Still larger electrodes, such as uninsulated needles and surface electrodes used by clinical and surgical neurophysiologists, are sensitive only to certain types of synchronous activity within populations of cells numbering in the millions. Other classical electrophysiological techniques include amperometry. Electrophysiological recording in general is sometimes called electrography, with the record thus produced being an electrogram. However, the word electrography has other senses, the specific types of electrophysiological recording are called by specific names, constructed on the pattern of electro- + + -graphy. Relatedly, the word electrogram carries the specific meaning of intracardiac electrogram, like an electrocardiogram but with some invasive leads rather than only noninvasive leads. Electrophysiological recording for clinical diagnostic purposes is included within the category of electrodiagnostic testing; the various "ExG" modes are as follows: Optical electrophysiological techniques were created by scientists and engineers to overcome one of the main limitations of classical techniques.
Classical techniques allow observation of electrical activity at a single point within a volume of tissue. Classical techniques singularize a distributed phenomenon. Interest in the spatial distribution of bioelectric activity prompted development of molecules capable of emitting light in response to their electrical or chemical environment. Examples are fluorescing proteins. After introducing one or more such compounds into tissue via perfusion, injection or gene expression, the 1 or 2-dimensional distribution of electrical activity may be observed and recorded. Intracellular recording involves measuring voltage and/or current across th
Reiszerpeton is an extinct genus of dissorophid temnospondyl known from the Early Permian Archer City Formation of Texas. It is known from the holotype, MCZ 1911, a complete skull; this specimen was referred to the amphibamiform Tersomius texensis. A reappraisal of the holotype of T. texensis and a number of other referred specimens by Maddin et al. noted a number of differences from both T. texensis and amphibamiforms more broadly that suggested affinities with the Dissorophidae. This was confirmed by a phylogenetic analysis, which placed it as the sister taxon to the Eucacopinae. Reiszerpeton is known only from the type species, R. renascentis, named for Canadian paleontologist Robert Reisz. The species name refers to the recognition of Reisz as a "renaissance paleontologist." It is differentiated from other dissorophids by its small size and more numerous maxillary teeth, smooth cranial ornamentation, greater distance between the orbit and the otic notch. Below is the 50% majority rule consensus tree from Maddin et al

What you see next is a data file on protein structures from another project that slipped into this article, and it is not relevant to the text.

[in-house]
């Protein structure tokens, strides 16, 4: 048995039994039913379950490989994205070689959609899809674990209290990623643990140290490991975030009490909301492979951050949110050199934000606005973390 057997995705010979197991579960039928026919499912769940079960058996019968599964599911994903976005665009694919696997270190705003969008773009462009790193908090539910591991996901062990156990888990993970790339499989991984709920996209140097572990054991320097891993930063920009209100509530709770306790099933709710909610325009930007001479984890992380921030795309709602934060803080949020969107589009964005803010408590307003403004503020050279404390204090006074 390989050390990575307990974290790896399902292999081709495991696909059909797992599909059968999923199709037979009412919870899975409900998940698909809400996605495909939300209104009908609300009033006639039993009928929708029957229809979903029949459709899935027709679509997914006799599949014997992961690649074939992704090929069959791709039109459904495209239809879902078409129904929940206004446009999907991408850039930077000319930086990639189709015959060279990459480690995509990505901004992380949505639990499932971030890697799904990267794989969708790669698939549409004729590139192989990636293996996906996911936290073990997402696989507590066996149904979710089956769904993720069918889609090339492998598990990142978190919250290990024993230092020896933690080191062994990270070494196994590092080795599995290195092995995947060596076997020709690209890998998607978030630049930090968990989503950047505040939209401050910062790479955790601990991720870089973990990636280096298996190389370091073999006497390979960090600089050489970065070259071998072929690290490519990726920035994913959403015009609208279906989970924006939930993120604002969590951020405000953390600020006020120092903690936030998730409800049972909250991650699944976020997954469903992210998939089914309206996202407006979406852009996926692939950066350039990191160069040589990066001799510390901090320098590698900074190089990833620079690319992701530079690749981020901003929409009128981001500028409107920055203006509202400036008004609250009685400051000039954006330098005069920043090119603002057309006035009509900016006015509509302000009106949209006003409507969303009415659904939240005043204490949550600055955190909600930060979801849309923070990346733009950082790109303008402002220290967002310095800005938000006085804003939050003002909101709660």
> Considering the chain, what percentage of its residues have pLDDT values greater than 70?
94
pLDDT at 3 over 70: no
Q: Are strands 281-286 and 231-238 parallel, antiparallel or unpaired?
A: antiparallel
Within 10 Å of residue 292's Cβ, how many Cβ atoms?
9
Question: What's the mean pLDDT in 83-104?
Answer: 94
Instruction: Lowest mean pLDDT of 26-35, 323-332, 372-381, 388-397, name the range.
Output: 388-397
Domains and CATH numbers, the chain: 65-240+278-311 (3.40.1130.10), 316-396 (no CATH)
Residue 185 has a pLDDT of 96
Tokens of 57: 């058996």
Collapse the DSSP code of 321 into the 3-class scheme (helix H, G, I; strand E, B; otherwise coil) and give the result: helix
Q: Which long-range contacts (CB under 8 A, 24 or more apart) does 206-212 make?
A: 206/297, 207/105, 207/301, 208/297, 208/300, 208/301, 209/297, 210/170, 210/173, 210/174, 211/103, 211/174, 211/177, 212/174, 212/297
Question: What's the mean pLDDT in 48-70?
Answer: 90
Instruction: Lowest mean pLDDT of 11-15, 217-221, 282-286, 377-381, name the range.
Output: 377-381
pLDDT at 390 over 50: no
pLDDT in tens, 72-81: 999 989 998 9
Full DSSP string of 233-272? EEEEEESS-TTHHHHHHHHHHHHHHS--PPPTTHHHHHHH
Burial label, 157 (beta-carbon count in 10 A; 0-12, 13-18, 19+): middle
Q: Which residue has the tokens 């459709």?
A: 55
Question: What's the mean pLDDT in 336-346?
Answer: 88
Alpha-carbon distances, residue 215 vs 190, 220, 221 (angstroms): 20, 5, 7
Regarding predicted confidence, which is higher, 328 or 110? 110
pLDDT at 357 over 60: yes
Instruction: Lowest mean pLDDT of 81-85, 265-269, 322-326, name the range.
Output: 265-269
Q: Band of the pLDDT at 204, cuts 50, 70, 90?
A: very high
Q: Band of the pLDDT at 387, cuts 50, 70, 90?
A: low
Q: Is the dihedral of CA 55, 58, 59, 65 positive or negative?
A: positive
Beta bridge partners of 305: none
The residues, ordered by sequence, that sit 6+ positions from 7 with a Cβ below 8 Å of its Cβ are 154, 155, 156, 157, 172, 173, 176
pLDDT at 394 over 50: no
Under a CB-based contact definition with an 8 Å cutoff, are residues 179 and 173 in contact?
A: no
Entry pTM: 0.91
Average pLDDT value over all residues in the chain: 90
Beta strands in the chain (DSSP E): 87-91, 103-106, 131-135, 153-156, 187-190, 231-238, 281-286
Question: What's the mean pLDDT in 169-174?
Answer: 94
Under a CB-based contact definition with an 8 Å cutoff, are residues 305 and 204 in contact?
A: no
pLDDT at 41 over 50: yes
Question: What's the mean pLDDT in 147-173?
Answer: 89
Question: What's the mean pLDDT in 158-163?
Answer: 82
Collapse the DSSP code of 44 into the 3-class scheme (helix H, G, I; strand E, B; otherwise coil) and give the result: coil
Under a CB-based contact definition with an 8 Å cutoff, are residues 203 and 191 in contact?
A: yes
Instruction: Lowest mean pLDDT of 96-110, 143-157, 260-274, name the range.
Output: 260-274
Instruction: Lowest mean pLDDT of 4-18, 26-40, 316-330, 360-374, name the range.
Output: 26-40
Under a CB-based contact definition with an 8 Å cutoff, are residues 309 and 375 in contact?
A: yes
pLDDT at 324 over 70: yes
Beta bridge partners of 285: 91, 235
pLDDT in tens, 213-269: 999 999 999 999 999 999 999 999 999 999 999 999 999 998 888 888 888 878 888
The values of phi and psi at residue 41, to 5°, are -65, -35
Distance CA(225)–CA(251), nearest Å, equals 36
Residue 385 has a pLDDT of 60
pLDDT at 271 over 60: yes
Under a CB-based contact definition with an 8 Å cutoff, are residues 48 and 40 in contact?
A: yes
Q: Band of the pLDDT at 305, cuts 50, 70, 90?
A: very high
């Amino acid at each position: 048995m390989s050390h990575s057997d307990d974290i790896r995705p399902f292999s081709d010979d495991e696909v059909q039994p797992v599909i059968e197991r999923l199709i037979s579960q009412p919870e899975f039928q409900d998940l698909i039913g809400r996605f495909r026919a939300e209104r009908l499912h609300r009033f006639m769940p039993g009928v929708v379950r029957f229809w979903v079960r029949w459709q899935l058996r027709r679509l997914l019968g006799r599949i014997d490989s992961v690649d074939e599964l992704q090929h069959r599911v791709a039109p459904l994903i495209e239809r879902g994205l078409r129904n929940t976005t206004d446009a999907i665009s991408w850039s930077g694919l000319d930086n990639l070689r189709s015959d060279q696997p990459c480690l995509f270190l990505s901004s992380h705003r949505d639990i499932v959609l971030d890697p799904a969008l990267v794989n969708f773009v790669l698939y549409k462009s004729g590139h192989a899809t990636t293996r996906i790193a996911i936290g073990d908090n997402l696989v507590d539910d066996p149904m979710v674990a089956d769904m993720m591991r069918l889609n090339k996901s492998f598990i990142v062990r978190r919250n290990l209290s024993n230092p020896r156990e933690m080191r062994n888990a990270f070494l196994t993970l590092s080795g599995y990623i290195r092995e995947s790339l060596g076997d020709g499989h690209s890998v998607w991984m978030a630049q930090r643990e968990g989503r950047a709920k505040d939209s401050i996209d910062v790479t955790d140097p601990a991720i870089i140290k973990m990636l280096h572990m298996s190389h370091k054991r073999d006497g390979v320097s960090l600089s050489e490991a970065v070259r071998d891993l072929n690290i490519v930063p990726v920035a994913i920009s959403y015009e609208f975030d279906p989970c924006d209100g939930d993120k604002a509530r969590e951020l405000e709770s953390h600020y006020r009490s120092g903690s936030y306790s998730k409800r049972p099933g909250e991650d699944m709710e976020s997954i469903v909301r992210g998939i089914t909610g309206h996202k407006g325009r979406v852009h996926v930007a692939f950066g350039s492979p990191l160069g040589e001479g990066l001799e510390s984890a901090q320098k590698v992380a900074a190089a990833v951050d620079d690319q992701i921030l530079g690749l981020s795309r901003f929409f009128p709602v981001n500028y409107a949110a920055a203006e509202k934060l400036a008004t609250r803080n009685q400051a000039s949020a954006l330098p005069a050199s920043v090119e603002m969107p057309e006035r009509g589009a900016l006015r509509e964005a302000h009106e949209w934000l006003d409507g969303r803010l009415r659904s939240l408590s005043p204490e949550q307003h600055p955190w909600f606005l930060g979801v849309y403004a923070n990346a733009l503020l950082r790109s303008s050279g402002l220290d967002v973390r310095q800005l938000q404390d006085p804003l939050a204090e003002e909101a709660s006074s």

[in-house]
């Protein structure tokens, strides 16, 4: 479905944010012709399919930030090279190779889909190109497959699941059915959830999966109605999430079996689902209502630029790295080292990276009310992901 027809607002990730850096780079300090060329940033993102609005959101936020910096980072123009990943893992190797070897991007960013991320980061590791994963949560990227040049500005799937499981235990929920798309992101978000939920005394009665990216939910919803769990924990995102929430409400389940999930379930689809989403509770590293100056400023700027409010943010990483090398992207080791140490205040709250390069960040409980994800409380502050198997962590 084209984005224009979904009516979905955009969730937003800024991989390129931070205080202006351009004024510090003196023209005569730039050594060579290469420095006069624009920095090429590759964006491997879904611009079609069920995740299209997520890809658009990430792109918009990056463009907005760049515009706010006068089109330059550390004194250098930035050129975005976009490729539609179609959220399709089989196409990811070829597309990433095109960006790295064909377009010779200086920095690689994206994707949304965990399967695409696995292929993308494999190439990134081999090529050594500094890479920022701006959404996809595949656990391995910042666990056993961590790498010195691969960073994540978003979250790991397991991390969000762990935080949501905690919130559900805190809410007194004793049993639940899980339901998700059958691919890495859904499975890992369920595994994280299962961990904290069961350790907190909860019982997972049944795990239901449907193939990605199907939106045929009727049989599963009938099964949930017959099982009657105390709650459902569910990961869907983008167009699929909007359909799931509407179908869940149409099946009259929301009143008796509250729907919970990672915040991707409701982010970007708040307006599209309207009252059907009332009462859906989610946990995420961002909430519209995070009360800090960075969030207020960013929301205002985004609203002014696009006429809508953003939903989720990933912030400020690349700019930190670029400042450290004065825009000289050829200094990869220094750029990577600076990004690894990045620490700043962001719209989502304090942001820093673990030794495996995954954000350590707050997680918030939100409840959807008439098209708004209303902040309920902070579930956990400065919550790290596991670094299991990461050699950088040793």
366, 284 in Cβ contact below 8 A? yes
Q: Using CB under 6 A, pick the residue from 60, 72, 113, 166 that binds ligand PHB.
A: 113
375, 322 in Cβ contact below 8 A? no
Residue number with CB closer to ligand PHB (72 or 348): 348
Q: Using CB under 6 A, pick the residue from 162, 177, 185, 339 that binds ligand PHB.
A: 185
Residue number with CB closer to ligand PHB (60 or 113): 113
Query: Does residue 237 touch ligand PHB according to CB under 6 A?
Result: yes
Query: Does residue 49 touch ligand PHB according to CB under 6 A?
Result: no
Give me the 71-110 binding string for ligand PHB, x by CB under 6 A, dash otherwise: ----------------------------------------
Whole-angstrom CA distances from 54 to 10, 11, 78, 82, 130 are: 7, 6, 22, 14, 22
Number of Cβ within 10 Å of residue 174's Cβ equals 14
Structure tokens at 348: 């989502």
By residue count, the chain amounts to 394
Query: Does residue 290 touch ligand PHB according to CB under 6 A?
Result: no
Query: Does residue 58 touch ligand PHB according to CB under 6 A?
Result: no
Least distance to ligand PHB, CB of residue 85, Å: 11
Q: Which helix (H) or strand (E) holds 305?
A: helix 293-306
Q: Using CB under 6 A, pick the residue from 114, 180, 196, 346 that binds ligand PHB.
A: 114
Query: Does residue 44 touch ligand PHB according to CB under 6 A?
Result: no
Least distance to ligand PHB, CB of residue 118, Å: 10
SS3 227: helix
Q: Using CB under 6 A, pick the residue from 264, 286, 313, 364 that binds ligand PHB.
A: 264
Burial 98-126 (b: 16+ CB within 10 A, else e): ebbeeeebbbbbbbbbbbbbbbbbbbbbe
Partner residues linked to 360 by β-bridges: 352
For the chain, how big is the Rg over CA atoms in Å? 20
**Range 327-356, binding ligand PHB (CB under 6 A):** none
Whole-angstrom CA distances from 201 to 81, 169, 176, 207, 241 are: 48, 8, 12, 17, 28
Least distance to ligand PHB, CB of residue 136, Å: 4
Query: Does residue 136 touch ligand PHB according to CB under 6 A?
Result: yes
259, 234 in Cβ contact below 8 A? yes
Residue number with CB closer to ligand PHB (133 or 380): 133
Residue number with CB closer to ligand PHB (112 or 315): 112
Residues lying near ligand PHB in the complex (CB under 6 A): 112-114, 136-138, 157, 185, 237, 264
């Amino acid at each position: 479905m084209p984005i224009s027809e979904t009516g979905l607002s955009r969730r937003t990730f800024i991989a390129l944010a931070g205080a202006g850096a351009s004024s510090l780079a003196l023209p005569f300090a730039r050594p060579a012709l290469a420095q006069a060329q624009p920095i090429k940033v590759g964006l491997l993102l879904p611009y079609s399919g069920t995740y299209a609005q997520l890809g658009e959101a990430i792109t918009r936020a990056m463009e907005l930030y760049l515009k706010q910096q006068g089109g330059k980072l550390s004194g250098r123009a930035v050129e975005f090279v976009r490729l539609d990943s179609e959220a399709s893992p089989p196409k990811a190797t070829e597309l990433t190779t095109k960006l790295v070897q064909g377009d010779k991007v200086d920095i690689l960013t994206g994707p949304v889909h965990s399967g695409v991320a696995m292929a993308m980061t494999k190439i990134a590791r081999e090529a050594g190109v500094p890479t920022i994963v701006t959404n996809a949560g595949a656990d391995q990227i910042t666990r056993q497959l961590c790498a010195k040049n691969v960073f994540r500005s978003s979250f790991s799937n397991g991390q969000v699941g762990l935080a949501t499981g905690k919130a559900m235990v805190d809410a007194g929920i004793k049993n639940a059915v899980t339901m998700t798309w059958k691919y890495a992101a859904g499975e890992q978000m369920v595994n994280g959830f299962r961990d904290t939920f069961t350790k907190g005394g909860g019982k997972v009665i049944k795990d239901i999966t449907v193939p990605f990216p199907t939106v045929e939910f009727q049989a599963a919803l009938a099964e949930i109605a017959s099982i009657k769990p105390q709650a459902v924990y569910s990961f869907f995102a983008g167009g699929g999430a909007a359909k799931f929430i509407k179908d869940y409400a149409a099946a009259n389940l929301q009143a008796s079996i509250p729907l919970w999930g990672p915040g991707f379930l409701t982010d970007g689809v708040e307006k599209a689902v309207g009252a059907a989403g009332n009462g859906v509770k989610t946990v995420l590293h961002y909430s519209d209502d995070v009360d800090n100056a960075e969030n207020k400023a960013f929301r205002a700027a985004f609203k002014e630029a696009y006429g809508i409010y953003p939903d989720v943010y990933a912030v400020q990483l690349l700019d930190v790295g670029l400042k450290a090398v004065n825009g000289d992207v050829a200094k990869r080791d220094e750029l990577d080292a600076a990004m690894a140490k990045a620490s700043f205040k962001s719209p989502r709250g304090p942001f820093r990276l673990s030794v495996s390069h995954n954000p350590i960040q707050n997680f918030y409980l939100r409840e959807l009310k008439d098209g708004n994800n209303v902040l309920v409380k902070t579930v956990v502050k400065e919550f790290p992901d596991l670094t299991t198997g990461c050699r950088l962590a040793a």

Necdet Calp was a Turkish civil servant and politician. He was born in Karamürsel of Kocaeli Province, Turkey on 7 September 1922, he graduated from the Faculty of Political Science of Ankara University in 1944. He studied in London School of Economics, he served as district governor, inspector in the Ministry of Interior as well as province governor of Siirt and İzmir. He served as executive assistant to İsmet İnönü prime minister of Turkey. During the military rule between 1980 and 1983, he was the undersecretary of the prime minister Bülent Ulusu. On 21 May 1983 together with Avni Güler, Engin Aydın and Turhan Timuçin, he founded People's Party in the course of Republican People's Party, closed by the military rule, he was elected as the chairman of the party. After the main rival SODEP was banned from entering the election, the HP became the only party attractive for ex-CHP voters. Although he was not a well known name, he caused a nationwide excitement in a panel discussion on TV by his reaction to the proposal of privatization of İstanbul Bosphorus Bridge.
In the election held on 6 November 1983, the HP received 30.5% of the votes and Necdet Calp, now PM from Ankara Province, became the opposition leader. In the local elections held on 21 March 1984, in which SODEP competed, the HP received 8.8%, which meant a loss of nearly 75% of its votes in less than five months. After learning the results, Calp resigned. However, during the reelection period, the opposition group in the party gained strength. On the general congress of the party held on 29 June 1985, he lost his chair to Aydın Güven Gürkan. After 1985, he didn't participate in potitics, in the 1987 elections, he didn't run for a seat in the parliament. On 13 September 1998, he died in Ankara as a result of a heart attack